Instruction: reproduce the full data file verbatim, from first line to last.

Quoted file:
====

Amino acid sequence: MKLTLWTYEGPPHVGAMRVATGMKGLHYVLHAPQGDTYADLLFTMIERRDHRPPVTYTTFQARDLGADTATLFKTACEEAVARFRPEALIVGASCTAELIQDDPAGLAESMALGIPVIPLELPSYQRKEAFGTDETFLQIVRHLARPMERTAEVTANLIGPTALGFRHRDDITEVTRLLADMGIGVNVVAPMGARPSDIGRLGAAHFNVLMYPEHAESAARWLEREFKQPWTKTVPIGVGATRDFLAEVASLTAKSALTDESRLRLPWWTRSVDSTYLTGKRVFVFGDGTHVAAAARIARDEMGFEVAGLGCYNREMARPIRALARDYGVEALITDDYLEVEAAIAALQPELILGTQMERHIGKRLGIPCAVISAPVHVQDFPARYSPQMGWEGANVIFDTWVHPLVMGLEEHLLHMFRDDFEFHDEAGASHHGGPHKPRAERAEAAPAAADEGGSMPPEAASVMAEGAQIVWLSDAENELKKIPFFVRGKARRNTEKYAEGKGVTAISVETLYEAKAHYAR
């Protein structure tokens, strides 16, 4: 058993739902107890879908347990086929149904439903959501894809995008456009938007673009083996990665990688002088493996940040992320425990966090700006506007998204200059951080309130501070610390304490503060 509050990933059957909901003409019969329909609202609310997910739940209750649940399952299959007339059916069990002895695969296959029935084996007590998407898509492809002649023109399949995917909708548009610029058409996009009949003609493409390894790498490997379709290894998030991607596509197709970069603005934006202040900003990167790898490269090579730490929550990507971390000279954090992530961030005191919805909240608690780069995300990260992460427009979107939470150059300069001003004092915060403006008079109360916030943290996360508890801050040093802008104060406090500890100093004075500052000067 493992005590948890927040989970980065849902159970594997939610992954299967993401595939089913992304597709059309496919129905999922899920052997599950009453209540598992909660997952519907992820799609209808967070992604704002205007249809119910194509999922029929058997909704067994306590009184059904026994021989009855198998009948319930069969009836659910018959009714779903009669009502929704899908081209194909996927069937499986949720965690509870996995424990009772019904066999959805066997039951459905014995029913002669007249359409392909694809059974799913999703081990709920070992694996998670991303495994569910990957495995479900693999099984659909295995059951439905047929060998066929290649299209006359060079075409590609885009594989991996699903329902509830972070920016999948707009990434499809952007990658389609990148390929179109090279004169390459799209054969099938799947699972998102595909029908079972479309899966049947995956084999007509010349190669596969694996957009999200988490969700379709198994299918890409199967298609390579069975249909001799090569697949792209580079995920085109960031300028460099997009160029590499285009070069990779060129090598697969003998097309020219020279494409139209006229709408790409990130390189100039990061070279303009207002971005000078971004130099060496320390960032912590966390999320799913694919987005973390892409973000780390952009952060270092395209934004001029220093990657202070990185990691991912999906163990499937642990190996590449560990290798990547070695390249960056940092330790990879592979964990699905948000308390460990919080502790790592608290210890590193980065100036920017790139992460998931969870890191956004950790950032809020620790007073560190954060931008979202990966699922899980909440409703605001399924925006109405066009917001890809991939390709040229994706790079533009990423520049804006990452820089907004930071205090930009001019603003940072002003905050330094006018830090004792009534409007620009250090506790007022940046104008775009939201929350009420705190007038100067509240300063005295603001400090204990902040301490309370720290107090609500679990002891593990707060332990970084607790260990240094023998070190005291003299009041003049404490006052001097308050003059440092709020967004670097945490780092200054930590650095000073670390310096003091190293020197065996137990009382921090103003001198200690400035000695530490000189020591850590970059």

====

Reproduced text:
Amino acid sequence: MKLTLWTYEGPPHVGAMRVATGMKGLHYVLHAPQGDTYADLLFTMIERRDHRPPVTYTTFQARDLGADTATLFKTACEEAVARFRPEALIVGASCTAELIQDDPAGLAESMALGIPVIPLELPSYQRKEAFGTDETFLQIVRHLARPMERTAEVTANLIGPTALGFRHRDDITEVTRLLADMGIGVNVVAPMGARPSDIGRLGAAHFNVLMYPEHAESAARWLEREFKQPWTKTVPIGVGATRDFLAEVASLTAKSALTDESRLRLPWWTRSVDSTYLTGKRVFVFGDGTHVAAAARIARDEMGFEVAGLGCYNREMARPIRALARDYGVEALITDDYLEVEAAIAALQPELILGTQMERHIGKRLGIPCAVISAPVHVQDFPARYSPQMGWEGANVIFDTWVHPLVMGLEEHLLHMFRDDFEFHDEAGASHHGGPHKPRAERAEAAPAAADEGGSMPPEAASVMAEGAQIVWLSDAENELKKIPFFVRGKARRNTEKYAEGKGVTAISVETLYEAKAHYAR
């Protein structure tokens, strides 16, 4: 058993739902107890879908347990086929149904439903959501894809995008456009938007673009083996990665990688002088493996940040992320425990966090700006506007998204200059951080309130501070610390304490503060 509050990933059957909901003409019969329909609202609310997910739940209750649940399952299959007339059916069990002895695969296959029935084996007590998407898509492809002649023109399949995917909708548009610029058409996009009949003609493409390894790498490997379709290894998030991607596509197709970069603005934006202040900003990167790898490269090579730490929550990507971390000279954090992530961030005191919805909240608690780069995300990260992460427009979107939470150059300069001003004092915060403006008079109360916030943290996360508890801050040093802008104060406090500890100093004075500052000067 493992005590948890927040989970980065849902159970594997939610992954299967993401595939089913992304597709059309496919129905999922899920052997599950009453209540598992909660997952519907992820799609209808967070992604704002205007249809119910194509999922029929058997909704067994306590009184059904026994021989009855198998009948319930069969009836659910018959009714779903009669009502929704899908081209194909996927069937499986949720965690509870996995424990009772019904066999959805066997039951459905014995029913002669007249359409392909694809059974799913999703081990709920070992694996998670991303495994569910990957495995479900693999099984659909295995059951439905047929060998066929290649299209006359060079075409590609885009594989991996699903329902509830972070920016999948707009990434499809952007990658389609990148390929179109090279004169390459799209054969099938799947699972998102595909029908079972479309899966049947995956084999007509010349190669596969694996957009999200988490969700379709198994299918890409199967298609390579069975249909001799090569697949792209580079995920085109960031300028460099997009160029590499285009070069990779060129090598697969003998097309020219020279494409139209006229709408790409990130390189100039990061070279303009207002971005000078971004130099060496320390960032912590966390999320799913694919987005973390892409973000780390952009952060270092395209934004001029220093990657202070990185990691991912999906163990499937642990190996590449560990290798990547070695390249960056940092330790990879592979964990699905948000308390460990919080502790790592608290210890590193980065100036920017790139992460998931969870890191956004950790950032809020620790007073560190954060931008979202990966699922899980909440409703605001399924925006109405066009917001890809991939390709040229994706790079533009990423520049804006990452820089907004930071205090930009001019603003940072002003905050330094006018830090004792009534409007620009250090506790007022940046104008775009939201929350009420705190007038100067509240300063005295603001400090204990902040301490309370720290107090609500679990002891593990707060332990970084607790260990240094023998070190005291003299009041003049404490006052001097308050003059440092709020967004670097945490780092200054930590650095000073670390310096003091190293020197065996137990009382921090103003001198200690400035000695530490000189020591850590970059």